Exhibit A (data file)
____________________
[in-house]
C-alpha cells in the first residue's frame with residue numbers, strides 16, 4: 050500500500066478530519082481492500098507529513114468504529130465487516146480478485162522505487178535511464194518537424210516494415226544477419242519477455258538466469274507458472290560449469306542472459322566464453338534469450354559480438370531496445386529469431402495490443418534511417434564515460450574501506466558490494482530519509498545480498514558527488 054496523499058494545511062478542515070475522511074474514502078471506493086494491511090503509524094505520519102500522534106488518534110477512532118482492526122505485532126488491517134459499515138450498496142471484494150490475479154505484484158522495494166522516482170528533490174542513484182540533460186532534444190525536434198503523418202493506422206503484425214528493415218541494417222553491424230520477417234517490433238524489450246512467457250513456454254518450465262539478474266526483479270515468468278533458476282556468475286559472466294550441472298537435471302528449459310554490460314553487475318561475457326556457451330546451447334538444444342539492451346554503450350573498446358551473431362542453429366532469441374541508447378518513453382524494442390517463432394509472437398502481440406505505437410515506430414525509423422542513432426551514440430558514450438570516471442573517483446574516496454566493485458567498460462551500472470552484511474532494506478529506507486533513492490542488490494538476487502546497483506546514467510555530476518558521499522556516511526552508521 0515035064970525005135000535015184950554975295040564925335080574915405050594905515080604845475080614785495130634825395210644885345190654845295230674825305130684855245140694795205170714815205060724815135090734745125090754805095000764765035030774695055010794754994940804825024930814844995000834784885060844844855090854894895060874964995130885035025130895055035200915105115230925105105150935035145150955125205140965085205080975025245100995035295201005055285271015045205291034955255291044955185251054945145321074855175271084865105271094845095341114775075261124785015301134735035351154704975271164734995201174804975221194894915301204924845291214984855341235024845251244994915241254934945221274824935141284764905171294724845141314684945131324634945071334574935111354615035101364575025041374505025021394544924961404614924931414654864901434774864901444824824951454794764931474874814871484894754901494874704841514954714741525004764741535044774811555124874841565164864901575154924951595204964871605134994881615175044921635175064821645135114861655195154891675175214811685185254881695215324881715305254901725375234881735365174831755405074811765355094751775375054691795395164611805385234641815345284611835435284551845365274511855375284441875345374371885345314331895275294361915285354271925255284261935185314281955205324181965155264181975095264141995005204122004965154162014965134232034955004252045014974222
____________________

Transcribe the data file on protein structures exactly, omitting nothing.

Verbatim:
[in-house]
C-alpha cells in the first residue's frame with residue numbers, strides 16, 4: 050500500500066478530519082481492500098507529513114468504529130465487516146480478485162522505487178535511464194518537424210516494415226544477419242519477455258538466469274507458472290560449469306542472459322566464453338534469450354559480438370531496445386529469431402495490443418534511417434564515460450574501506466558490494482530519509498545480498514558527488 054496523499058494545511062478542515070475522511074474514502078471506493086494491511090503509524094505520519102500522534106488518534110477512532118482492526122505485532126488491517134459499515138450498496142471484494150490475479154505484484158522495494166522516482170528533490174542513484182540533460186532534444190525536434198503523418202493506422206503484425214528493415218541494417222553491424230520477417234517490433238524489450246512467457250513456454254518450465262539478474266526483479270515468468278533458476282556468475286559472466294550441472298537435471302528449459310554490460314553487475318561475457326556457451330546451447334538444444342539492451346554503450350573498446358551473431362542453429366532469441374541508447378518513453382524494442390517463432394509472437398502481440406505505437410515506430414525509423422542513432426551514440430558514450438570516471442573517483446574516496454566493485458567498460462551500472470552484511474532494506478529506507486533513492490542488490494538476487502546497483506546514467510555530476518558521499522556516511526552508521 0515035064970525005135000535015184950554975295040564925335080574915405050594905515080604845475080614785495130634825395210644885345190654845295230674825305130684855245140694795205170714815205060724815135090734745125090754805095000764765035030774695055010794754994940804825024930814844995000834784885060844844855090854894895060874964995130885035025130895055035200915105115230925105105150935035145150955125205140965085205080975025245100995035295201005055285271015045205291034955255291044955185251054945145321074855175271084865105271094845095341114775075261124785015301134735035351154704975271164734995201174804975221194894915301204924845291214984855341235024845251244994915241254934945221274824935141284764905171294724845141314684945131324634945071334574935111354615035101364575025041374505025021394544924961404614924931414654864901434774864901444824824951454794764931474874814871484894754901494874704841514954714741525004764741535044774811555124874841565164864901575154924951595204964871605134994881615175044921635175064821645135114861655195154891675175214811685185254881695215324881715305254901725375234881735365174831755405074811765355094751775375054691795395164611805385234641815345284611835435284551845365274511855375284441875345374371885345314331895275294361915285354271925255284261935185314281955205324181965155264181975095264141995005204122004965154162014965134232034955004252045014974222